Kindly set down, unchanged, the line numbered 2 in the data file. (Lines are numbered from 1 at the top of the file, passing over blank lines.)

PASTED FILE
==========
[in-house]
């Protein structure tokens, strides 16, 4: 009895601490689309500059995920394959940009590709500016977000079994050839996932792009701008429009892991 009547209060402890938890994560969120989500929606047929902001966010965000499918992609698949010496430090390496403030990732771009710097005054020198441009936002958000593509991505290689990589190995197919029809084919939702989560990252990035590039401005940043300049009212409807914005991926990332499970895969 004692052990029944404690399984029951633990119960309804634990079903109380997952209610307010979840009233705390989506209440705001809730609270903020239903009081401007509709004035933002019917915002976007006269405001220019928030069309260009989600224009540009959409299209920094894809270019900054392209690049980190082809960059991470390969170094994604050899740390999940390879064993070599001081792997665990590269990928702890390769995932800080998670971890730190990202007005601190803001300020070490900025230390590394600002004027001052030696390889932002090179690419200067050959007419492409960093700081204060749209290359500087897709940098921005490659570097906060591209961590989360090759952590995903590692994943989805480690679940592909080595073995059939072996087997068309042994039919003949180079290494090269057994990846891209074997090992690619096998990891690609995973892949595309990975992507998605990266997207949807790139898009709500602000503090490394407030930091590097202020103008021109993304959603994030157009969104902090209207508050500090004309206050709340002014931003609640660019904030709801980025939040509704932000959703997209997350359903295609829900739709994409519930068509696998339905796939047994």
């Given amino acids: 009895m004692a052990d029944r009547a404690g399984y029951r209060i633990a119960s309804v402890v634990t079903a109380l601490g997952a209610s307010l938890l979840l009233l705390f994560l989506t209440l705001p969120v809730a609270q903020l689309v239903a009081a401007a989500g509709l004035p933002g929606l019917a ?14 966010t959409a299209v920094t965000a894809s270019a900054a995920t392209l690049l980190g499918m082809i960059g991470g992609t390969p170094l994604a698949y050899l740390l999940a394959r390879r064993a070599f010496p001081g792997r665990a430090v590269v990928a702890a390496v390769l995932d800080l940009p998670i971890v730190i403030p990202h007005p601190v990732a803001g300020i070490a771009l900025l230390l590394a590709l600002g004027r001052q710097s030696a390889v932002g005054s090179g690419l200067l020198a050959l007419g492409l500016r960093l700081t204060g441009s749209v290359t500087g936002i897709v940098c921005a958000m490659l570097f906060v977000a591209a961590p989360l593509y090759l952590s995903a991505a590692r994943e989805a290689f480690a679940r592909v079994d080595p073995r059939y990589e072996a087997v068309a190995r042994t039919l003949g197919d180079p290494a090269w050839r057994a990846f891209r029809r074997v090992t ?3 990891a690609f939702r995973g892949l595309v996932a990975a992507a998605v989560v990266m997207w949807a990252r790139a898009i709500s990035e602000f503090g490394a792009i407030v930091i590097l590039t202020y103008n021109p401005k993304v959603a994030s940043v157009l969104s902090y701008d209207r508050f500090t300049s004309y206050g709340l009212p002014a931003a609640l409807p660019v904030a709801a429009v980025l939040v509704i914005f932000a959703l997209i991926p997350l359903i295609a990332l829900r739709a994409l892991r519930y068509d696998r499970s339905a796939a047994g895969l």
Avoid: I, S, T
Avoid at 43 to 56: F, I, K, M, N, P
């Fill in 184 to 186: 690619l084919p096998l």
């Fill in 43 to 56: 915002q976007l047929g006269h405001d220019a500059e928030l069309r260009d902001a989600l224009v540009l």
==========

């Protein structure tokens, strides 16, 4: 009895601490689309500059995920394959940009590709500016977000079994050839996932792009701008429009892991 009547209060402890938890994560969120989500929606047929902001966010965000499918992609698949010496430090390496403030990732771009710097005054020198441009936002958000593509991505290689990589190995197919029809084919939702989560990252990035590039401005940043300049009212409807914005991926990332499970895969 004692052990029944404690399984029951633990119960309804634990079903109380997952209610307010979840009233705390989506209440705001809730609270903020239903009081401007509709004035933002019917915002976007006269405001220019928030069309260009989600224009540009959409299209920094894809270019900054392209690049980190082809960059991470390969170094994604050899740390999940390879064993070599001081792997665990590269990928702890390769995932800080998670971890730190990202007005601190803001300020070490900025230390590394600002004027001052030696390889932002090179690419200067050959007419492409960093700081204060749209290359500087897709940098921005490659570097906060591209961590989360090759952590995903590692994943989805480690679940592909080595073995059939072996087997068309042994039919003949180079290494090269057994990846891209074997090992690619096998990891690609995973892949595309990975992507998605990266997207949807790139898009709500602000503090490394407030930091590097202020103008021109993304959603994030157009969104902090209207508050500090004309206050709340002014931003609640660019904030709801980025939040509704932000959703997209997350359903295609829900739709994409519930068509696998339905796939047994």